Somerset COVID 19 latest data

In the last week, to 23 March, there were 7,677 new confirmed cases of COVID 19 in Somerset. That is the second highest weekly total since the pandemic. the highest being in February this year.

The table below tracks the overall weekly number of infections in Somerset in recent weeks.

  • 7,677 for the week to 23 March
  • 5.966 for 1 week to 16 March
  • 6,033 for 2 weeks to 9 March
  • 3,368 to 23 February
  • 4,213 to 16 February
  • 5,631 to 9 February
  • 10,133 to 2 February
  • 5,393 to 26 January
  • 4,558 to 19 January
  • 6,476 to 12 January
  • 6,618 to 5 January
  • 4,289 to 29 December
  • 3,130 to 22 December
  • 2,804 to 15 December
  • 2,521 to 8 December
  • 2,534 to 1 December

Once again, every area of the county now has infection rates above 500 per 100,000 population. And the case load has increased significantly in the larger towns of Somerset.

Once again the hotspot is Taunton with over 1,000 cases reported. Up from the 930 we reported just last week. In Bridgwater, cases have risen sharply. There were 561 new cases this week, compared with 377 last week and just 273 the week before that. Similarly in Yeovil cases have followed a similar pattern with 697 cases this week, 462 reported last week and 324 the week before that. Frome has 336 new cases reported this week, over 50% higher than the 211 new cases reported last week.

In Chard things have been a little more steady with 147 new cases this week against 136 new cases reported last week. Similarly in Wellington the numbers have risen to 263 cases reported this week compared with 182 last time around.

In Crewkerne numbers have generally been lower but here too there were rises. 120 this week compared to 89 the last time we reported. In Wells too there was a further steep rise, with 142 new cases, up from 89 last week and 29 the week before.

Whilst the large numbers are concerning, the most important figures to focus on are deaths and hospitalisations. This is what will tell us if COVID is indeed something we can live with. Or not.

Before we go any further however, our usual health warning about the figures.  Unlike NHS data these numbers include care homes and incidences of COVID 19 “at home”. The data is prepared to 23 March for cases (although different dates are used for some of the other figures – for instance deaths are reported to 11 March). The reason for this delay is to keep the numbers accurate – or should we say as accurate as possible. The daily totals published by the NHS are subject to constant revision, as not unreasonably, the data is constantly being updated to improve accuracy. It is also worth noting that the SCC area does not include North Somerset (so Weston hospital) or BANES (So the RUH in Bath) both of which are separate administrative areas.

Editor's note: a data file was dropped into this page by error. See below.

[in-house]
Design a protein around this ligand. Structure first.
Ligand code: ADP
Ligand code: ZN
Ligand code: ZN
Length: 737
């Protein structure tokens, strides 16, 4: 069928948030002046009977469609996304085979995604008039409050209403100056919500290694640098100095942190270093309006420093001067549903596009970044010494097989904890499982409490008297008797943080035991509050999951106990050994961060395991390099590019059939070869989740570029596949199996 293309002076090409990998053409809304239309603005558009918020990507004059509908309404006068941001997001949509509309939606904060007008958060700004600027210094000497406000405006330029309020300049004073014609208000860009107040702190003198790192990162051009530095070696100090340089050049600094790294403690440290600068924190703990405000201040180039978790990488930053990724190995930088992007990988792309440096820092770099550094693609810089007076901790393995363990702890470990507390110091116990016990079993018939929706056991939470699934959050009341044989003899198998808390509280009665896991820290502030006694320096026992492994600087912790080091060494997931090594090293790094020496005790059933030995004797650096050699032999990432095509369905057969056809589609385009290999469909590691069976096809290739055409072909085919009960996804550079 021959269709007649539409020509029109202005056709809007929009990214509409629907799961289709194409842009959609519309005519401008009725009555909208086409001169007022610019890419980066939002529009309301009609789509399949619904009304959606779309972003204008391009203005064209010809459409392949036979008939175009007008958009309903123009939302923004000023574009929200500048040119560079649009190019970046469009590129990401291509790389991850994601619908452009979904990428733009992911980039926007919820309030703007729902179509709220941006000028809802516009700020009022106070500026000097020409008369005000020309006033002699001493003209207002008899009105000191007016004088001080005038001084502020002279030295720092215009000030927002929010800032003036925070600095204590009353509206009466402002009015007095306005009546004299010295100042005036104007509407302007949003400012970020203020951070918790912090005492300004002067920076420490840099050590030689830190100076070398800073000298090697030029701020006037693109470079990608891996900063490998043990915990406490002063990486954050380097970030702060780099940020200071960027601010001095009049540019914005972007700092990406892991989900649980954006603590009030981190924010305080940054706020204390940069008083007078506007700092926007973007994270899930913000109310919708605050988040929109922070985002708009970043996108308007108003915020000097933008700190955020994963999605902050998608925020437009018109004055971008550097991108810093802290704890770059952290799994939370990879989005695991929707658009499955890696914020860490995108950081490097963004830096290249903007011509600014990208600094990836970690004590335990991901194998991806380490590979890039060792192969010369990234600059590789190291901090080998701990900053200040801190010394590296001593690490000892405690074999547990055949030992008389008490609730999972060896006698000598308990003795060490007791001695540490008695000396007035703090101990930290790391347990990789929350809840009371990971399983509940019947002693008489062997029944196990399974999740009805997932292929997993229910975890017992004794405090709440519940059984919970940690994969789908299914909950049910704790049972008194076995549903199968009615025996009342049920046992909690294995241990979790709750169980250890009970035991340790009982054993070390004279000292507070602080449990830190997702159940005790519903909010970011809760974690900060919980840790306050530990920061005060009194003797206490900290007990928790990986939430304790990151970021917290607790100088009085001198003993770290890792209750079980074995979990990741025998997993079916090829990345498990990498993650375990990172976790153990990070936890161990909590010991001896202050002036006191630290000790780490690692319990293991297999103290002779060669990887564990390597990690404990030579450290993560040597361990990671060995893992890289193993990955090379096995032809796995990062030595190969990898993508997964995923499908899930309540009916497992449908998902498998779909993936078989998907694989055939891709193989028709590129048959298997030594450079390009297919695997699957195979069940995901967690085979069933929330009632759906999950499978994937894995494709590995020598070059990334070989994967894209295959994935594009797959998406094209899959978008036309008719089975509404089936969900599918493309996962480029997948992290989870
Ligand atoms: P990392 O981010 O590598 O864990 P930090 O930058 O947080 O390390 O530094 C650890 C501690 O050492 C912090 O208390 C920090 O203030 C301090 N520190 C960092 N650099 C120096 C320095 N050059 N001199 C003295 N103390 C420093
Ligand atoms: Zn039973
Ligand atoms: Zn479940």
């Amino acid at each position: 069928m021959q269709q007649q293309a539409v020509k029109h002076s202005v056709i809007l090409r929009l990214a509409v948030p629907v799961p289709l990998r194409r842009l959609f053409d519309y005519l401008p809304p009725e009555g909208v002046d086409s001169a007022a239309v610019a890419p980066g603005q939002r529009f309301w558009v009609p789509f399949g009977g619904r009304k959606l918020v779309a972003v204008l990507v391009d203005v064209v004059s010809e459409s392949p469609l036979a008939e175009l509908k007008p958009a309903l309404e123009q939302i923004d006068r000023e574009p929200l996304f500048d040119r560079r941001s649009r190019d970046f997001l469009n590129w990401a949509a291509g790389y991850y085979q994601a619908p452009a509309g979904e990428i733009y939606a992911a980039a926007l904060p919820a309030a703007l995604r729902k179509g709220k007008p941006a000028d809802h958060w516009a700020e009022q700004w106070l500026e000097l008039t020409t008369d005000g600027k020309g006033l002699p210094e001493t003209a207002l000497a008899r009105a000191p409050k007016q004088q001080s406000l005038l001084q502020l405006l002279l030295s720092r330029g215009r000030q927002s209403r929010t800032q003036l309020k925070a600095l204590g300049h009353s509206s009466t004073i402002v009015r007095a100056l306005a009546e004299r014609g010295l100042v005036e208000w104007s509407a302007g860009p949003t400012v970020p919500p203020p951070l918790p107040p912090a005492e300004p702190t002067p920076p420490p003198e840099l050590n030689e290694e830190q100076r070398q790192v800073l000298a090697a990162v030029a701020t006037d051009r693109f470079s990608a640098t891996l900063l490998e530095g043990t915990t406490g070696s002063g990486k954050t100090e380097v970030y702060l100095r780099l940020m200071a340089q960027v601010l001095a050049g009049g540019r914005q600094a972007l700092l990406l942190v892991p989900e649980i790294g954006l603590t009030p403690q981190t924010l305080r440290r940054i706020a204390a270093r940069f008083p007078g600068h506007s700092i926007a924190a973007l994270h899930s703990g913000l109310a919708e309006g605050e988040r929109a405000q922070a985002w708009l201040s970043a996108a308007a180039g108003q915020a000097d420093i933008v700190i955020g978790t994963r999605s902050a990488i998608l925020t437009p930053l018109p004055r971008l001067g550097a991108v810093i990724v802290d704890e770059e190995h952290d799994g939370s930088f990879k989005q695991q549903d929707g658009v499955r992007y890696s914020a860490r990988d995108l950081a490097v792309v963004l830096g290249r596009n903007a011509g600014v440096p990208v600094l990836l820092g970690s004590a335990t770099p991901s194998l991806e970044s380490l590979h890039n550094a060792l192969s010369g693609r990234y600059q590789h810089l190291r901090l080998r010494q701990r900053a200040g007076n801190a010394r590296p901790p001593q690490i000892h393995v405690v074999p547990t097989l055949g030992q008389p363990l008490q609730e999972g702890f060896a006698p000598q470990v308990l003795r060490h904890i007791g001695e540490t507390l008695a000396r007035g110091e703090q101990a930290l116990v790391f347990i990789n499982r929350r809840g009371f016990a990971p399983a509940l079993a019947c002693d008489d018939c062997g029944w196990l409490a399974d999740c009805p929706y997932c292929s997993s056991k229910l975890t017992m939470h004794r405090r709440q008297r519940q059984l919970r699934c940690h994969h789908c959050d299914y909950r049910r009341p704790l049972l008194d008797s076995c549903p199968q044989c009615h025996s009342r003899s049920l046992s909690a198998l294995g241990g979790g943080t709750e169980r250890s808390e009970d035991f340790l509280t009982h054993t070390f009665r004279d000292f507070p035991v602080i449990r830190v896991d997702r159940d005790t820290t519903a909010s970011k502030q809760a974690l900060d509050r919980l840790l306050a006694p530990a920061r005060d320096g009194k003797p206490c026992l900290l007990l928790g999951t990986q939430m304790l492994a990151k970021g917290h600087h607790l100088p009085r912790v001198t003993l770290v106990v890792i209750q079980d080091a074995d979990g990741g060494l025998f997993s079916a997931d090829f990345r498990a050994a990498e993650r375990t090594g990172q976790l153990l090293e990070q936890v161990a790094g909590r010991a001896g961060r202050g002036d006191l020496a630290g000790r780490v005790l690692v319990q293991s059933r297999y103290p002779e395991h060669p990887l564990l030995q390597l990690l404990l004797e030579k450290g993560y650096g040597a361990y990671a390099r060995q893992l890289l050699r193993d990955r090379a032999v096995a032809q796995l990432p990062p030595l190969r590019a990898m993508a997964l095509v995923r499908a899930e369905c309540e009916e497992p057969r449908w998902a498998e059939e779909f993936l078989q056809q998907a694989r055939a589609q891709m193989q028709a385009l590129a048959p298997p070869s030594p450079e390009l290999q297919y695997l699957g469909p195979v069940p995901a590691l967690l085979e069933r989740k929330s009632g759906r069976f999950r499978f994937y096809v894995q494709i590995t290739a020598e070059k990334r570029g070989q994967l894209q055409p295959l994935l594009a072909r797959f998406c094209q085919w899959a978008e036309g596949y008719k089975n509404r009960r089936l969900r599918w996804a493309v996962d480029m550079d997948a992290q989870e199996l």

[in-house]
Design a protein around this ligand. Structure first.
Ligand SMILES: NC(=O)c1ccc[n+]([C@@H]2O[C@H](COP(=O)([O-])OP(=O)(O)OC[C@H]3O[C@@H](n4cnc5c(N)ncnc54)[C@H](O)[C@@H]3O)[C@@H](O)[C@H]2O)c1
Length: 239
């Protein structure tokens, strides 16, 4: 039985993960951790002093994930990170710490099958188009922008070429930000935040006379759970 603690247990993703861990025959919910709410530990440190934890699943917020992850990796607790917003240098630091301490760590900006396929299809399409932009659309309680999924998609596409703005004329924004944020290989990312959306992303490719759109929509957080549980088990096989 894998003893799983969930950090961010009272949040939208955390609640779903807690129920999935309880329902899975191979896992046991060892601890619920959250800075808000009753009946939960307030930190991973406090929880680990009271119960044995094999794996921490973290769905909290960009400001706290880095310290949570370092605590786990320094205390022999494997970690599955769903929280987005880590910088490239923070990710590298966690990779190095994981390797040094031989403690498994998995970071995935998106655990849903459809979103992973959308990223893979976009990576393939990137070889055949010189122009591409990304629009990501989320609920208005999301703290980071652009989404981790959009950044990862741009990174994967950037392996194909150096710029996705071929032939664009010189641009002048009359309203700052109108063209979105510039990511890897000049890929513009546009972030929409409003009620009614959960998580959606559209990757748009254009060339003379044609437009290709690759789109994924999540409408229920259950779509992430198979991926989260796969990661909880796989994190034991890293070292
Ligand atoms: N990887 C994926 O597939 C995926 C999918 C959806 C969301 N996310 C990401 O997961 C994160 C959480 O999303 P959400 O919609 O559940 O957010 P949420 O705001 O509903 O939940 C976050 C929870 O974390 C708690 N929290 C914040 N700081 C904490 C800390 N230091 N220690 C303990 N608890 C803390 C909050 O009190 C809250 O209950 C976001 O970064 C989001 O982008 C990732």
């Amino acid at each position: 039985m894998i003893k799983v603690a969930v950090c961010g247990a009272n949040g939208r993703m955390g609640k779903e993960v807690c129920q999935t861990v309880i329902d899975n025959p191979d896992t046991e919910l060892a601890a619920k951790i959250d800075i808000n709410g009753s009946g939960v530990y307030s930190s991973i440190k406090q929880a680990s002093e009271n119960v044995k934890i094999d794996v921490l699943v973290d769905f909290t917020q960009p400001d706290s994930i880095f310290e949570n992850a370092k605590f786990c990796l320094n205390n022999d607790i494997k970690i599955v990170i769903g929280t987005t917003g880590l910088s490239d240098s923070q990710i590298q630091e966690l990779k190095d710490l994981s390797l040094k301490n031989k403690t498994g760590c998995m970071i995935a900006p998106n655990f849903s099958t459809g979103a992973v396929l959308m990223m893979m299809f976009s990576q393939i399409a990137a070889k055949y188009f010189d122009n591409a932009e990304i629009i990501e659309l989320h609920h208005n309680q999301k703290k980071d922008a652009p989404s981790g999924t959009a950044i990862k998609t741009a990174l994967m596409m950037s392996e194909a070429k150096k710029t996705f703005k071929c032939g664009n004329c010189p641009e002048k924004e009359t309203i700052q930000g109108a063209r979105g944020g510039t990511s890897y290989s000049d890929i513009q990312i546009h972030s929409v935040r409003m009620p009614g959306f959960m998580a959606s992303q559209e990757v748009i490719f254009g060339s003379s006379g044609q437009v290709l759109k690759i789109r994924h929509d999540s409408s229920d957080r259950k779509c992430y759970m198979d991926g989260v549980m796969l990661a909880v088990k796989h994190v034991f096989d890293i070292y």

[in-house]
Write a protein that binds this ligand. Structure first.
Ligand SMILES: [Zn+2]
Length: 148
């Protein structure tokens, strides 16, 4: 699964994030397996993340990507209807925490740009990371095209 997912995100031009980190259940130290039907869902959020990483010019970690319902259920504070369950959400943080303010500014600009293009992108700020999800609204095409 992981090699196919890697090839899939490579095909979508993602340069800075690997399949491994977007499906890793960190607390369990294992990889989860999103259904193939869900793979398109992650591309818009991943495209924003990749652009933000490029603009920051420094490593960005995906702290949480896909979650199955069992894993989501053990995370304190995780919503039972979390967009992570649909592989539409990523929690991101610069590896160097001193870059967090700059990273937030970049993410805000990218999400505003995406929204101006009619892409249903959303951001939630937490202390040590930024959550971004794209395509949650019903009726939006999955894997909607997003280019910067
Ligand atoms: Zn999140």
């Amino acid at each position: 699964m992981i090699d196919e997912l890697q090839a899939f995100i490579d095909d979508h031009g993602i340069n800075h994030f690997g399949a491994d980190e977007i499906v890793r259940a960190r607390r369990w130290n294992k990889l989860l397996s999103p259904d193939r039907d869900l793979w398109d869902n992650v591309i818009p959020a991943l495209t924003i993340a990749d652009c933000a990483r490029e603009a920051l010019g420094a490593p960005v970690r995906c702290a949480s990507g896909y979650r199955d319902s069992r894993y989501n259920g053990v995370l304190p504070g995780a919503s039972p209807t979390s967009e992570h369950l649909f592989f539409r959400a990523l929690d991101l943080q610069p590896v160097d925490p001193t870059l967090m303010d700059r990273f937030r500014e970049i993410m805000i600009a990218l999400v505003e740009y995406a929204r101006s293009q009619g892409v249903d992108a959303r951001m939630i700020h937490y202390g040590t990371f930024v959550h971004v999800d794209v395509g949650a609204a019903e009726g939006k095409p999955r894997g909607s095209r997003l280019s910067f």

This week there were 6 deaths reported. 4 deaths was in hospital, 1 in a care home setting and 1 “other. As we’ve said before this will tend to reflect the lower rates of infection of the past 3 or 4 weeks. The impact in the sudden rapid rise in cases is unlikely to translate into an increase in deaths for a couple of weeks at least.

Once again the most worrying aspect of this weeks COVID figures has been hospitalisations. NHS statisticians are at pains to point out that these are people in hospital who have COVID. However they are not necessarily in hospital because of COVID. Many may be in hospital for something different, but happen to have COVID too. The problem is that this is anecdotal. Until public bodies actually split out the data into something more meaningful, we can only guess at the significance.

In the last week there were between 140 and 160 people in hospital in Somerset with COVID. That compares with 130 last week and a previous high of 90 in October last year.

The R number has been increased again to 1.0-1.4 this week. That does seem to reflect what is happening on the ground. It does suggest numbers should be rising and they certainly are.

As ever here is the full dataset so you can form your own conclusions:

Leave a Reply